Tuhfetü’l-Haremeyn (On Pilgrimage to Mecca and Medina)
Manuscript in Ottoman Turkish.
Due to chronogram written in 1093 
No name of a copist mentioned, possibly written by Nabi himself.
328 pp., 23 x 16 cm.
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Order No.: MSS_109
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Nâbi, actually Yūsuf Nābī; born 1642 in Şanlıurfa (Ruhā); died 10 April 1712 in Istanbul; was an Ottoman poet of the 17th /18th century and one of the dominant poet personalities of his time. Nâbi belongs to the group of Dīwān poets. In a total of ten works, four of which are in prose, he takes a critical look at the social reality of his time. A collection of poems in Persian is considered lost. He compiled a dīwān of his early poems in Istanbul. During his time in Aleppo, a second dīwān was created at the request of the governor of Syria, Silâhdâr İbrâhîm Pascha (1705–1708), to which Nâbi used a qasīda to praise the unity of God (tauhīd).
Researchers give two different dates for the completion of the Tuhfetül haremeyn, depending presumably on the chronogram for the narrative. While Levend and Karahan state that Nabi completed his narrative in 1094  Gibb, Rieu claim that it was in 1093 . The chronogram in the calculation oft he manuscript also says 1093: The copies of the Tuhfetül haremeyn do not give a single date beneath the chronogram upon which all researchers can agree.
The dates for the chronogram in the copies of the Tuhfetül haremeyn in the Süleymanlye library, the John Rylands Library of Manchester University, Cambridge University Library and the British Library bear varying dates including 1084, 1085, 1089, 1090, 1092 and 1093, and 1095.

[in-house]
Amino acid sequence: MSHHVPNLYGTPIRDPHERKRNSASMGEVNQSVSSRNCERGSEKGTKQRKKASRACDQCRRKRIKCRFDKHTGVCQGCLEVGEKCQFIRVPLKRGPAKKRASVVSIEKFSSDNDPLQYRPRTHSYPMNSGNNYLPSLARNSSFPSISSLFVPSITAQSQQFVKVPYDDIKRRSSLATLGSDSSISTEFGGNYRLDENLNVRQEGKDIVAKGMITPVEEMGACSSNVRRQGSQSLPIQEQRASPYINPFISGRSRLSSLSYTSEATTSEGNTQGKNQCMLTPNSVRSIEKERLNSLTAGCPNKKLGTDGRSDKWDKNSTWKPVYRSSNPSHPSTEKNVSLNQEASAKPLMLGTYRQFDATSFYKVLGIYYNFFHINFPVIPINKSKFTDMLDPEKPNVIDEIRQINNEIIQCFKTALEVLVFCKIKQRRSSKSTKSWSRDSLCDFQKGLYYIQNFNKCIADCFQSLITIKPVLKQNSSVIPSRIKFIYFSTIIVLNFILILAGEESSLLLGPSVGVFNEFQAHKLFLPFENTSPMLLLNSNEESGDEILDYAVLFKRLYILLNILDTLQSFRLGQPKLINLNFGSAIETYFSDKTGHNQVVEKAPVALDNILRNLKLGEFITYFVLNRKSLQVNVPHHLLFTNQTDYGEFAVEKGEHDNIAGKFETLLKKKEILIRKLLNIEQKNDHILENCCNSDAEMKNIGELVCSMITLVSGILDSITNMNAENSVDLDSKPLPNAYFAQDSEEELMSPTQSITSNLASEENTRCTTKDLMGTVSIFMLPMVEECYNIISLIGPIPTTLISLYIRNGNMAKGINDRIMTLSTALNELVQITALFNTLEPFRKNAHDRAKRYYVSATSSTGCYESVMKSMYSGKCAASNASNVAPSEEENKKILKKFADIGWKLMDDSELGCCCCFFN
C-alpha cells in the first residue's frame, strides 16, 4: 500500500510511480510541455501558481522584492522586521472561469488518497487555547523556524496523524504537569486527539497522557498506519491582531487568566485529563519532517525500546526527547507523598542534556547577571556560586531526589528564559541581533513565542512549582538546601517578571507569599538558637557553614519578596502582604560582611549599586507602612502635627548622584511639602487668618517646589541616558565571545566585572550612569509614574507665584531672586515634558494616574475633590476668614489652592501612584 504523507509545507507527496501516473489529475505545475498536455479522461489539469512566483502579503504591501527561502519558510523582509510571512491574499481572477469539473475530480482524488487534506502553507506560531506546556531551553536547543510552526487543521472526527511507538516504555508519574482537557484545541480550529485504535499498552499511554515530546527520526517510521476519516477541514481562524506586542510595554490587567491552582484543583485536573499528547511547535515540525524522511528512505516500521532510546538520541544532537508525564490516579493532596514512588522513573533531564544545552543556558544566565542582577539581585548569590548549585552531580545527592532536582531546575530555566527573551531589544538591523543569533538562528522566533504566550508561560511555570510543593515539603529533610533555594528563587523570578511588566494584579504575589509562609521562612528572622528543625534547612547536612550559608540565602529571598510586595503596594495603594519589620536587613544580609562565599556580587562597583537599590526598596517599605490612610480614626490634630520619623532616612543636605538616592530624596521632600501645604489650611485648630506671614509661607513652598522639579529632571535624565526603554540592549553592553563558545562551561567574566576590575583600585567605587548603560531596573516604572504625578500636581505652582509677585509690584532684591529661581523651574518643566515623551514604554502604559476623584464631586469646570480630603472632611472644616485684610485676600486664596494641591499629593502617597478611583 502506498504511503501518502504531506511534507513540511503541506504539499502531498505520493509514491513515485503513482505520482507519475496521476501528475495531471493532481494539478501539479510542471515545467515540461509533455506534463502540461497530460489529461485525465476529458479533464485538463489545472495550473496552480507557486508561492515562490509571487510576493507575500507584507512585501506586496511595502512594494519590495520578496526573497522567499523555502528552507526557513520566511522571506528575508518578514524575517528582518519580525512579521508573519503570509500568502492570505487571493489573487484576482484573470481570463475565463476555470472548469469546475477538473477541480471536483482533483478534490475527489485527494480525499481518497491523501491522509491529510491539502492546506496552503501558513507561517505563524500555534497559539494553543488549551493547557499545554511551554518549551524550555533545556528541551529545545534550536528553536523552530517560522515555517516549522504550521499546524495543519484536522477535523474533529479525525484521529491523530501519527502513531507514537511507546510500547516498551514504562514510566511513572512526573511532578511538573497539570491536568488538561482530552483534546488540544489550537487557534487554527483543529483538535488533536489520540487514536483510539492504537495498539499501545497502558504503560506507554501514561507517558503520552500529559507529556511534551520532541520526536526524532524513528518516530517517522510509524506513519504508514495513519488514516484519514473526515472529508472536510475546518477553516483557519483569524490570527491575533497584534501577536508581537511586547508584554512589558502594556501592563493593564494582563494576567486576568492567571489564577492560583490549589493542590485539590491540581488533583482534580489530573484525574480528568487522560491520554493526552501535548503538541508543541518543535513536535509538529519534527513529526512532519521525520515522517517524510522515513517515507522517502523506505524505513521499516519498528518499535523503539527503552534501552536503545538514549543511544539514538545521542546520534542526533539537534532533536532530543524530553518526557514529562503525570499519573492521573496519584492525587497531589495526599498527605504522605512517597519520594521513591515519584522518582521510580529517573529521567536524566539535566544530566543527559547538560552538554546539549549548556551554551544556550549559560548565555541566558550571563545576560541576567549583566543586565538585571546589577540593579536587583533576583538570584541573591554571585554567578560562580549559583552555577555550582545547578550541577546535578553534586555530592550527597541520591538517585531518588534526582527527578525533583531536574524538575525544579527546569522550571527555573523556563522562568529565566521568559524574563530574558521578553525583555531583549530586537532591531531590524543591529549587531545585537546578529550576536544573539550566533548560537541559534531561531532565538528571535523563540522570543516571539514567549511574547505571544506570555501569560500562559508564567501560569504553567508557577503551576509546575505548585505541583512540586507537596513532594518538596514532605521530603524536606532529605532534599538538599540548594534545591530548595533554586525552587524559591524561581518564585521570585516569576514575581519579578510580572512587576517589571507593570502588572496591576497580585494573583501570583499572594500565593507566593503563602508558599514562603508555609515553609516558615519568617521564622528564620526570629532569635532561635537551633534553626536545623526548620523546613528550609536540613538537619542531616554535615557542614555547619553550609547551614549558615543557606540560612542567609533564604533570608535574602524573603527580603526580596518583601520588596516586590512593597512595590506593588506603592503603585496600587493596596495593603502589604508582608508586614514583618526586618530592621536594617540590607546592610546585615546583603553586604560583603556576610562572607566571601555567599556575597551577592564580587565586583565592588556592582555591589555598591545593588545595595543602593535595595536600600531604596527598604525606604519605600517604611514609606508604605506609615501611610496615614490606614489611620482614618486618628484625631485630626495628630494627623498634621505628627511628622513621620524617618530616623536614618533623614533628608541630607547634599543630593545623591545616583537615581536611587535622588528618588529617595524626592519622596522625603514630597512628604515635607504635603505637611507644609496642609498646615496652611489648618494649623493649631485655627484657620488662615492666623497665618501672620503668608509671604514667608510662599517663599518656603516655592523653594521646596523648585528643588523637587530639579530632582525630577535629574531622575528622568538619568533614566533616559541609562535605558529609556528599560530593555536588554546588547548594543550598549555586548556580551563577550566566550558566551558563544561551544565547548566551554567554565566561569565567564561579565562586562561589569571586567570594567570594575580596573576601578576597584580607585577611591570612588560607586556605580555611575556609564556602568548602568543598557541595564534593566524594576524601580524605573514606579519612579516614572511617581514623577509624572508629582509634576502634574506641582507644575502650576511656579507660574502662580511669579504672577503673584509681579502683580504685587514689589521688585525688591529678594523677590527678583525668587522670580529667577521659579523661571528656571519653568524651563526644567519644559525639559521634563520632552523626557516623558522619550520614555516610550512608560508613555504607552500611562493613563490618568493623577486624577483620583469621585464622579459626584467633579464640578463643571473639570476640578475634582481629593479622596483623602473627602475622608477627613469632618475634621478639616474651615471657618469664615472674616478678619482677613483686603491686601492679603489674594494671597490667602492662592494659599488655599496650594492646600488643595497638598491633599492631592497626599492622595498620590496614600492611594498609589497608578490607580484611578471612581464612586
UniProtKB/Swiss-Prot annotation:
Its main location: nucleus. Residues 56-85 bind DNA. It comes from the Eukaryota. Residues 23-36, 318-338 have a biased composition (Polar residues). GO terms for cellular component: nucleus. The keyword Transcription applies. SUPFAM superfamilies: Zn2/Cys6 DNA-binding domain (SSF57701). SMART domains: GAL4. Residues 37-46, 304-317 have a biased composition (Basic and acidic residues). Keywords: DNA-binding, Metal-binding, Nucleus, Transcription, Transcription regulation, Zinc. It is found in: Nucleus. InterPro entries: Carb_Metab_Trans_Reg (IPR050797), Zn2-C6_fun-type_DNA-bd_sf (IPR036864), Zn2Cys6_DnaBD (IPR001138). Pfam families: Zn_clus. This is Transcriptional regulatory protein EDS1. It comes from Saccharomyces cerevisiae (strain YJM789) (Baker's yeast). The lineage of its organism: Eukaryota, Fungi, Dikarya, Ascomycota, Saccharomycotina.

The calculation of the chronogram of this copy says: Bu (8) Tuhfe-i (493) haremeynim (348) kabul (138) ide (20) Mevla (86). This esults in the year 1093. The written numbers 1089 indicate the year of the beginning of his journey.
The concluding sentence on the last page suggests that Nabi may have written the manuscript himself:
"İtmam-ı Tuhfe-i Haremeyn kalemim ile olmuş bi feyz-i Halikî Kevneyn ve Seyyidü'l Sakaleyn"
[The completion of the Tuhfe-i Haremeyn with my pen came with the permission of the Creator of the World and the Hereafter and the Lord of the Two Worlds].
- E. J. W. Gibb, History of Ottoman Poetry, vol. III, p. 37
- Abdulkadir Karahan, Nabi, Ankara: KTB, 1987, p. 48
- Agah Sirri Levend, Türk Edebiyati Tarihi 1 (Ankara: TTK), 1973, p. 103
- Menderes Coşkun, Ottoman Pilgrimage Narratives and Nabi’s Tuhfetü’l-Harameyn, PhD thesis, Durham, 1999.
- Charles Rieu, Catalogue of Persian manuscripts in the British Mseum II and III (London 1881 and 1883), p. 980.